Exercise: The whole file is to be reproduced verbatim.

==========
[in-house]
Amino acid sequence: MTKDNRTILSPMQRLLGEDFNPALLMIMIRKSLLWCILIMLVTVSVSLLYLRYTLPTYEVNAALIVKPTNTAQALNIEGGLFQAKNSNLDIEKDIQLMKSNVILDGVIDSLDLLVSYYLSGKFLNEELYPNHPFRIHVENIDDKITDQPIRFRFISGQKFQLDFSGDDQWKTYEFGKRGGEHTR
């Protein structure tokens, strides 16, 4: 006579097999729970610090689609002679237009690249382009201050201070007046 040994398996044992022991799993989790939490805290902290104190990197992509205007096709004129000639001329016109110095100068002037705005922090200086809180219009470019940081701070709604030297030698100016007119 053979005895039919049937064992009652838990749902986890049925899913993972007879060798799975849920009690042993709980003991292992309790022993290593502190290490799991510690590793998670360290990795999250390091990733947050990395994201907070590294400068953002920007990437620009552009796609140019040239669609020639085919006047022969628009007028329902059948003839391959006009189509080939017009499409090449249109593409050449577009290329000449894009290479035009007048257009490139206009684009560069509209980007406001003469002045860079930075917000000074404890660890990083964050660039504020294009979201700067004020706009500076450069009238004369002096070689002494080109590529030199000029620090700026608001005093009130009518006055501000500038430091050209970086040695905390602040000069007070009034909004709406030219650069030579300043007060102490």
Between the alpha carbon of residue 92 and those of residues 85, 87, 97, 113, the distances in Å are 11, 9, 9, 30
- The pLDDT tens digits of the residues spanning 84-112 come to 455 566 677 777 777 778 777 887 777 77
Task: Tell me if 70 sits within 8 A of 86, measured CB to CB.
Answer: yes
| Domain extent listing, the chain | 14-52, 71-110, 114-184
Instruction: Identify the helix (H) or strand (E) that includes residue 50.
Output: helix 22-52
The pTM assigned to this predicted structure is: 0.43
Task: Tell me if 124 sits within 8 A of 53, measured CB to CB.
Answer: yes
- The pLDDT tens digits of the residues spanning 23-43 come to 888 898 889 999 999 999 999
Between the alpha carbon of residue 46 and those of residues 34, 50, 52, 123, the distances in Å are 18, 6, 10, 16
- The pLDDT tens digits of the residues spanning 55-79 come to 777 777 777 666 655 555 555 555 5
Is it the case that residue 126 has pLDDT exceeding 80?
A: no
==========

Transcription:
[in-house]
Amino acid sequence: MTKDNRTILSPMQRLLGEDFNPALLMIMIRKSLLWCILIMLVTVSVSLLYLRYTLPTYEVNAALIVKPTNTAQALNIEGGLFQAKNSNLDIEKDIQLMKSNVILDGVIDSLDLLVSYYLSGKFLNEELYPNHPFRIHVENIDDKITDQPIRFRFISGQKFQLDFSGDDQWKTYEFGKRGGEHTR
């Protein structure tokens, strides 16, 4: 006579097999729970610090689609002679237009690249382009201050201070007046 040994398996044992022991799993989790939490805290902290104190990197992509205007096709004129000639001329016109110095100068002037705005922090200086809180219009470019940081701070709604030297030698100016007119 053979005895039919049937064992009652838990749902986890049925899913993972007879060798799975849920009690042993709980003991292992309790022993290593502190290490799991510690590793998670360290990795999250390091990733947050990395994201907070590294400068953002920007990437620009552009796609140019040239669609020639085919006047022969628009007028329902059948003839391959006009189509080939017009499409090449249109593409050449577009290329000449894009290479035009007048257009490139206009684009560069509209980007406001003469002045860079930075917000000074404890660890990083964050660039504020294009979201700067004020706009500076450069009238004369002096070689002494080109590529030199000029620090700026608001005093009130009518006055501000500038430091050209970086040695905390602040000069007070009034909004709406030219650069030579300043007060102490």
Between the alpha carbon of residue 92 and those of residues 85, 87, 97, 113, the distances in Å are 11, 9, 9, 30
- The pLDDT tens digits of the residues spanning 84-112 come to 455 566 677 777 777 778 777 887 777 77
Task: Tell me if 70 sits within 8 A of 86, measured CB to CB.
Answer: yes
| Domain extent listing, the chain | 14-52, 71-110, 114-184
Instruction: Identify the helix (H) or strand (E) that includes residue 50.
Output: helix 22-52
The pTM assigned to this predicted structure is: 0.43
Task: Tell me if 124 sits within 8 A of 53, measured CB to CB.
Answer: yes
- The pLDDT tens digits of the residues spanning 23-43 come to 888 898 889 999 999 999 999
Between the alpha carbon of residue 46 and those of residues 34, 50, 52, 123, the distances in Å are 18, 6, 10, 16
- The pLDDT tens digits of the residues spanning 55-79 come to 777 777 777 666 655 555 555 555 5
Is it the case that residue 126 has pLDDT exceeding 80?
A: no